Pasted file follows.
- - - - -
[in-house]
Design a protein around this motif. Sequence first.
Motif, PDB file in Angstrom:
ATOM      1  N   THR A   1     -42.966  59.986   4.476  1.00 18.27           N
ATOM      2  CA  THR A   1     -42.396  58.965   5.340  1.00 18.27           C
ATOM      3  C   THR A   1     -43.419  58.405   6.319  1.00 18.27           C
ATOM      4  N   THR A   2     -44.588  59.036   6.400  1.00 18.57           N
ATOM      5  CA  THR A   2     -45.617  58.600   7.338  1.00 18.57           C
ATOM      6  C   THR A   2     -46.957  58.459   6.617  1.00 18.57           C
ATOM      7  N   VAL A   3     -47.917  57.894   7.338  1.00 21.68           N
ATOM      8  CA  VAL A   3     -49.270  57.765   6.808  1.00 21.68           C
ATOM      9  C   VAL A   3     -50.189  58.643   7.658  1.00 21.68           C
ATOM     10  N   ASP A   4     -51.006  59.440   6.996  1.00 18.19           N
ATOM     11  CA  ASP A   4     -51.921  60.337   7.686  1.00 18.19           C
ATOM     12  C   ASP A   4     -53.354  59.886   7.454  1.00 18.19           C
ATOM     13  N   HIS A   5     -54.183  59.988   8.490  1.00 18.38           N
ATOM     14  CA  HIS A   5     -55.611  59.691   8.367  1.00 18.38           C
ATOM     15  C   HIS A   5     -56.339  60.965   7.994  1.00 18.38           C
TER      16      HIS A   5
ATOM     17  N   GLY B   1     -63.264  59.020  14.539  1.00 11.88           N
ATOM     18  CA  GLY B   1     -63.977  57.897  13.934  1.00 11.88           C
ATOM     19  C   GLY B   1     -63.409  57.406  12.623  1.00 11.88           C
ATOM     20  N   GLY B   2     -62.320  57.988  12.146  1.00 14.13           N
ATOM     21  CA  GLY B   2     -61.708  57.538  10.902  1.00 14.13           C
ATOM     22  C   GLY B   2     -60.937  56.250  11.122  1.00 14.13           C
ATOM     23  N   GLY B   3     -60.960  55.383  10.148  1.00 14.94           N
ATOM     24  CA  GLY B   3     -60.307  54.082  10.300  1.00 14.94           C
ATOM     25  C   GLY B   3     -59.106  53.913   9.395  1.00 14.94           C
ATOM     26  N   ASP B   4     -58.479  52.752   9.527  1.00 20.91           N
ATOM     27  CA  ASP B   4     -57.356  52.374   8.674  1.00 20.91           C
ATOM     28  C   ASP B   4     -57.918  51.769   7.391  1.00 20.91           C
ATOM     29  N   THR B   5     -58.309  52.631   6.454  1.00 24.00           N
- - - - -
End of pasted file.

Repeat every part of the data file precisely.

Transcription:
[in-house]
Design a protein around this motif. Sequence first.
Motif, PDB file in Angstrom:
ATOM      1  N   THR A   1     -42.966  59.986   4.476  1.00 18.27           N
ATOM      2  CA  THR A   1     -42.396  58.965   5.340  1.00 18.27           C
ATOM      3  C   THR A   1     -43.419  58.405   6.319  1.00 18.27           C
ATOM      4  N   THR A   2     -44.588  59.036   6.400  1.00 18.57           N
ATOM      5  CA  THR A   2     -45.617  58.600   7.338  1.00 18.57           C
ATOM      6  C   THR A   2     -46.957  58.459   6.617  1.00 18.57           C
ATOM      7  N   VAL A   3     -47.917  57.894   7.338  1.00 21.68           N
ATOM      8  CA  VAL A   3     -49.270  57.765   6.808  1.00 21.68           C
ATOM      9  C   VAL A   3     -50.189  58.643   7.658  1.00 21.68           C
ATOM     10  N   ASP A   4     -51.006  59.440   6.996  1.00 18.19           N
ATOM     11  CA  ASP A   4     -51.921  60.337   7.686  1.00 18.19           C
ATOM     12  C   ASP A   4     -53.354  59.886   7.454  1.00 18.19           C
ATOM     13  N   HIS A   5     -54.183  59.988   8.490  1.00 18.38           N
ATOM     14  CA  HIS A   5     -55.611  59.691   8.367  1.00 18.38           C
ATOM     15  C   HIS A   5     -56.339  60.965   7.994  1.00 18.38           C
TER      16      HIS A   5
ATOM     17  N   GLY B   1     -63.264  59.020  14.539  1.00 11.88           N
ATOM     18  CA  GLY B   1     -63.977  57.897  13.934  1.00 11.88           C
ATOM     19  C   GLY B   1     -63.409  57.406  12.623  1.00 11.88           C
ATOM     20  N   GLY B   2     -62.320  57.988  12.146  1.00 14.13           N
ATOM     21  CA  GLY B   2     -61.708  57.538  10.902  1.00 14.13           C
ATOM     22  C   GLY B   2     -60.937  56.250  11.122  1.00 14.13           C
ATOM     23  N   GLY B   3     -60.960  55.383  10.148  1.00 14.94           N
ATOM     24  CA  GLY B   3     -60.307  54.082  10.300  1.00 14.94           C
ATOM     25  C   GLY B   3     -59.106  53.913   9.395  1.00 14.94           C
ATOM     26  N   ASP B   4     -58.479  52.752   9.527  1.00 20.91           N
ATOM     27  CA  ASP B   4     -57.356  52.374   8.674  1.00 20.91           C
ATOM     28  C   ASP B   4     -57.918  51.769   7.391  1.00 20.91           C
ATOM     29  N   THR B   5     -58.309  52.631   6.454  1.00 24.00           N